The photos are striking.
From well-preserved original Kodak prints to the floor-to-ceiling enlargement that is now the centerpiece of a new exhibition at the Beaverbrook Art Gallery – a series of portraits of Leonard Olive Keith and Joseph Austin (Cub) Coates convey a tender connection .
“I never imagined the queer history that existed in New Brunswick, so seeing it in front of me was really shocking,” said Dusty Green, who first saw the photos in 2015 while working as an intern. at the Provincial Archives of New Brunswick in Fredericton.
“It was more than just childhood camaraderie,” Provincial Archivist Meredith Batt said. “They clearly cared about each other…and making those records was kind of like an act of defiance.”
Batt and Green say the photos are not only rare but likely the earliest photographic records of a same-sex couple in the Maritimes showing their affection for each other but not their community, which would have punished them for it.
Now, a century later, that love is on display and as public as it gets. In addition to the exhibition which will run until the end of July, Batt and Green are launching their book this weekend.
Len and Cub, a queer storypublished by Goose Lane Editions, will be celebrated Saturday at the Beaverbrook Art Gallery with guest speakers Brenda Murphy, Lieutenant Governor of New Brunswick, and John Leroux, Director of Collections and Exhibitions at the Fredericton Gallery.
“It’s a message that transcends time,” Green said. “Every queer person knows what it’s like to hide in plain sight in your community or not be allowed to express who you are or express your love for another person.”
In 1892, Canada enacted gross indecency laws that made any act of attraction between men, including kissing and fondling, a criminal offence. The law was extended to women in 1953. In 1988 the offense of gross indecency was repealed.
The photos of Len and Cub show two men expressing their intimate connection at a time when the law made it dangerous. They appear cradled around each other, sometimes holding hands, or one gently resting his head on the other.
The two men were neighbors in Havelock, then known as Butternut Ridge, a small but prosperous community about 50 kilometers west of Moncton.
According to the book, Len was a hobby photographer and car enthusiast who eventually owned a local garage and pool hall. Cub, who was younger, was a farmer’s son. He eventually became a butcher, entrepreneur and horse lover. Both men were veterans.
Their many private moments in the early 20th century were well documented by Len’s camera.
Green and Batt believe “the boys” took precautions to hide the true nature of their affections, in part by spending time outdoors fishing and hunting.
“There are so many things that could have shielded them from speculation,” Green said. “They’re both young men, and it wouldn’t be uncommon for them to develop a close friendship and go camping together.”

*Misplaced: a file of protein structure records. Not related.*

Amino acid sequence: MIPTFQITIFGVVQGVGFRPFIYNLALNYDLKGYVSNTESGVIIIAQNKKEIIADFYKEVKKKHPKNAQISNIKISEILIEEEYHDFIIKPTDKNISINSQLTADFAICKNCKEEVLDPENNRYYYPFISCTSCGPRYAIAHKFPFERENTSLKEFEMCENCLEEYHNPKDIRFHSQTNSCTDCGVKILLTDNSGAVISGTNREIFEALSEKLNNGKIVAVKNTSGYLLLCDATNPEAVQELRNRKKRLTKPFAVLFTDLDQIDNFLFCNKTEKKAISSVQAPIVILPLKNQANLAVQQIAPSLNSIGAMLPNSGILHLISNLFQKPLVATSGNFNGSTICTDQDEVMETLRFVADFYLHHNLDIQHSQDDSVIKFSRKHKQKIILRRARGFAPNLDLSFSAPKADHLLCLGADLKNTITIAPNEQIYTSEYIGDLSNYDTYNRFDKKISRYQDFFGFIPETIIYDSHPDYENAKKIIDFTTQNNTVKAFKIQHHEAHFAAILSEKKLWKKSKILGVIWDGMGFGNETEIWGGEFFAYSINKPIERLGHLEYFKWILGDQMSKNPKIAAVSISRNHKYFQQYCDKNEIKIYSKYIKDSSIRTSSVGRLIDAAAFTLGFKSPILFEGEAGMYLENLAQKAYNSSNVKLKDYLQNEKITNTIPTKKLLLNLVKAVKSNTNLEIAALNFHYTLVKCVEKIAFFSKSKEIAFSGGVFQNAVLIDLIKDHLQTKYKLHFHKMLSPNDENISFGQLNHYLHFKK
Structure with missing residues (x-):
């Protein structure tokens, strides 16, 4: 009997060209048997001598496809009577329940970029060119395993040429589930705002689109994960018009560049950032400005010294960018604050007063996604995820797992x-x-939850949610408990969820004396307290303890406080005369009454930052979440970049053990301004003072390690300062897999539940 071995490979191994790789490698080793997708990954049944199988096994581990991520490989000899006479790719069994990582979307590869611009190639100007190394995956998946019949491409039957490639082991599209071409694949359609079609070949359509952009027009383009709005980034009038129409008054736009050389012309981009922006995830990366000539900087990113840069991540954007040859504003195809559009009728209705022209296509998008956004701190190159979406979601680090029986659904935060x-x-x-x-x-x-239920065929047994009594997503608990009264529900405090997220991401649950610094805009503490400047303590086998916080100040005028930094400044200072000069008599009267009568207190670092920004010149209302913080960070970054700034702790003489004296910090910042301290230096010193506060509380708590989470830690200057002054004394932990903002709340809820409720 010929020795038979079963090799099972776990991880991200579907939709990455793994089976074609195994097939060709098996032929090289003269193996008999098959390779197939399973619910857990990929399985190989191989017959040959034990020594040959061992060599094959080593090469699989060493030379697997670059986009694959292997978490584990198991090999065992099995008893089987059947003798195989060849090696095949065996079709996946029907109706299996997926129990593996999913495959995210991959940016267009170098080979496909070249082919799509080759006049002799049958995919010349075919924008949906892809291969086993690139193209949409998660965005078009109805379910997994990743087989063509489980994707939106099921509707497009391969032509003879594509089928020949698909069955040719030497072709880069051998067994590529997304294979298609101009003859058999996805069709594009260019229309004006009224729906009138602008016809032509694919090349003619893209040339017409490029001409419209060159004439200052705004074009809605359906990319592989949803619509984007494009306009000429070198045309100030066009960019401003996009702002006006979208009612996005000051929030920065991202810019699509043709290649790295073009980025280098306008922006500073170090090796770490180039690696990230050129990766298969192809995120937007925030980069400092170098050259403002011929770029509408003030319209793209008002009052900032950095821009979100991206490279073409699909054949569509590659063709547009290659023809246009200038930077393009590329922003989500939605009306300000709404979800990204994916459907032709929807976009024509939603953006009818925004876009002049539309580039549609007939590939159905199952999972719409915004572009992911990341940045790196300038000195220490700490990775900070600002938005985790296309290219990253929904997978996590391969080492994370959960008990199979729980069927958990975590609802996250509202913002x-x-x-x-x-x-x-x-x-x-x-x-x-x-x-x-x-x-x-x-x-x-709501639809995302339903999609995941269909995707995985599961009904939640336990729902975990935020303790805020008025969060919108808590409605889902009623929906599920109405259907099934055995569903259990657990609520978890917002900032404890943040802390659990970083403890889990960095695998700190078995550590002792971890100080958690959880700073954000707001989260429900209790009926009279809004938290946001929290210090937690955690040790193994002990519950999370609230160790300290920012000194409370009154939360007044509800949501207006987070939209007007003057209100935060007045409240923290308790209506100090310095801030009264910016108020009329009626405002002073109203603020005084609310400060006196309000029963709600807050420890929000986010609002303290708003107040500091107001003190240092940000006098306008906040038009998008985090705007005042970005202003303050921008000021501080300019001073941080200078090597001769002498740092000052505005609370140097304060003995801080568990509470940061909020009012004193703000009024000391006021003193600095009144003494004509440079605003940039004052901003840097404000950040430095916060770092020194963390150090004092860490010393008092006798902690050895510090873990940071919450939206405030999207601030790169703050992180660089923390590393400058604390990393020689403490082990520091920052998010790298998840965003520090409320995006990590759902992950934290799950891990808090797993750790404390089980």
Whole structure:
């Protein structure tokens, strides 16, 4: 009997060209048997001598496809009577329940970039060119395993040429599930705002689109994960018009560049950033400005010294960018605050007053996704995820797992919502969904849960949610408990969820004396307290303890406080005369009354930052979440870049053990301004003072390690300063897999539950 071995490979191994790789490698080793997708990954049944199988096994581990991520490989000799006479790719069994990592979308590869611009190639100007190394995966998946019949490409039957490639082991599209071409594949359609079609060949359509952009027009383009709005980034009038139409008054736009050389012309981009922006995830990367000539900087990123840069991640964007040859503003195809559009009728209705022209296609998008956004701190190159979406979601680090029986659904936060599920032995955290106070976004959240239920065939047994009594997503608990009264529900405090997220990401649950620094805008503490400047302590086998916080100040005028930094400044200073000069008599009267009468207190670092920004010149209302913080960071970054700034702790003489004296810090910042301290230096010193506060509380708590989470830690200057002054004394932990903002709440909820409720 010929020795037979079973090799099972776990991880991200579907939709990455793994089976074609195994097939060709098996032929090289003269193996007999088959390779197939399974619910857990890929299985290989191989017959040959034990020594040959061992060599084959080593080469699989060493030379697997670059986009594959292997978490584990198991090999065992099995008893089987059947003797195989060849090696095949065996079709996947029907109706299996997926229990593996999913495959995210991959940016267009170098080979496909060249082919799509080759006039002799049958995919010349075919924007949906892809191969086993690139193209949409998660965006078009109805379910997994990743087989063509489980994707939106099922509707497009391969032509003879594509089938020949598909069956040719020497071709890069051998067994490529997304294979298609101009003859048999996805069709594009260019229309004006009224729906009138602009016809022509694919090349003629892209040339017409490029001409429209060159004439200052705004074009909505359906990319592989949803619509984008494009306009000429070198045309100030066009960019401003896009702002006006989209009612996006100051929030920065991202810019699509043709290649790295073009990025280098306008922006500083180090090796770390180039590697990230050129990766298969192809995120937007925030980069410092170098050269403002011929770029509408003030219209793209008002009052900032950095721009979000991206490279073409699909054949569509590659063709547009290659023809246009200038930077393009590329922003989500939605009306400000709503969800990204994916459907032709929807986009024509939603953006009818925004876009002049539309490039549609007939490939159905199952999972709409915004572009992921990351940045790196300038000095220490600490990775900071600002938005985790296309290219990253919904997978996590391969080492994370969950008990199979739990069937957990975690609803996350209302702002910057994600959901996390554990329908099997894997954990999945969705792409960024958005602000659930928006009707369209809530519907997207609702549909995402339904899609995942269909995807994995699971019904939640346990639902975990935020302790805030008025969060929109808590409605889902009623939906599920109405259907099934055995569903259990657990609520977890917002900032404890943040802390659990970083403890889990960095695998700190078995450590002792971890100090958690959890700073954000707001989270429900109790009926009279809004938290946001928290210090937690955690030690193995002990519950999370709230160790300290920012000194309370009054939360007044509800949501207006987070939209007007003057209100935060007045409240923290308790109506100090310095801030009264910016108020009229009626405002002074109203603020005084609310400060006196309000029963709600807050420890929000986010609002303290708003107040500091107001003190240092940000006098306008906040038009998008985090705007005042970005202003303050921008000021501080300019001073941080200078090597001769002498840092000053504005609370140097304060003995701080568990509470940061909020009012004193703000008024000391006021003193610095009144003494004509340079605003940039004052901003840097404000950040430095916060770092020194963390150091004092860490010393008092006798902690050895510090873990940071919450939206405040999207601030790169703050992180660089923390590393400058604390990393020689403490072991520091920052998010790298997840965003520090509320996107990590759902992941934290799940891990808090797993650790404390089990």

All the while, Len, who came from a wealthier family than Cub, used his camera to capture the people and places that mattered to him.
“He cared about what he was photographing,” Batt said. “It’s very clear that he cared about Cub and his community. He loved being outdoors and spending time in nature, going on adventures. He loved his garage.
“It would have been very difficult for him to leave and let go of those things.”
Kicked out of town
After World War I, the relationship between Len and Cub changed, and so did society.
“We’ve seen this social conservatism bubbling up,” Green said. “People would have been more rigid in their understanding and control of sex and gender boundaries and would have been more alert to suspicious behavior, such as men in their twenties who spend a lot of time alone together.”
Batt said the bond between Len and Cub was “wearing down” and Len was getting involved with other men.
Len also got into fox farming, which put him in competition with families who were already making money in the lucrative market for fox pelts.
An archivist’s note attached to one of the Keith family photos identifies a man standing outside a house in Havelock as “partly responsible for Leonard Keith’s expulsion from town because he was gay”.
In 1931, Len ceded control of his business and finances to his sister Lucy and left for the United States. Green and Batt said they found no record of his return home until his burial in 1950.
Cub married and was well known in harness racing circles before his death in 1965.
“We see ourselves in their situation”
Len and Cub’s story might never have been told without local historian and Havelock resident John Corey.
In 1984, he bought the Keith family photo albums at an estate sale. He donated all of these striking black and white images to the provincial archives.
Green said the photos helped affirm something he never learned in school.
“I didn’t see myself represented in New Brunswick history,” Green, 31, said of his childhood. “And I took New Brunswick history classes when I was a kid.
“So I kind of had it in my head that queer history in New Brunswick from that time didn’t exist or if it did, it had been destroyed.”
A year after finding the photos, Green founded the New Brunswick Queer Heritage Initiative, with the goal of collecting and preserving archives of LGBTQ history in the province.
Batt, 26, joined in 2018 and is now president.
“If you read the dedication in the book, you see it’s for young gay men in New Brunswick and they find their place,” Batt said.
It’s just one of the ways he relates to Len and Cub, even though their lives are a century apart.
“It’s a concrete visual record of gay people living in a time and place where it would have been quite hostile or dangerous for them to do that,” Green said. “And I think that still resonates with some queer people living in some New Brunswick communities today.”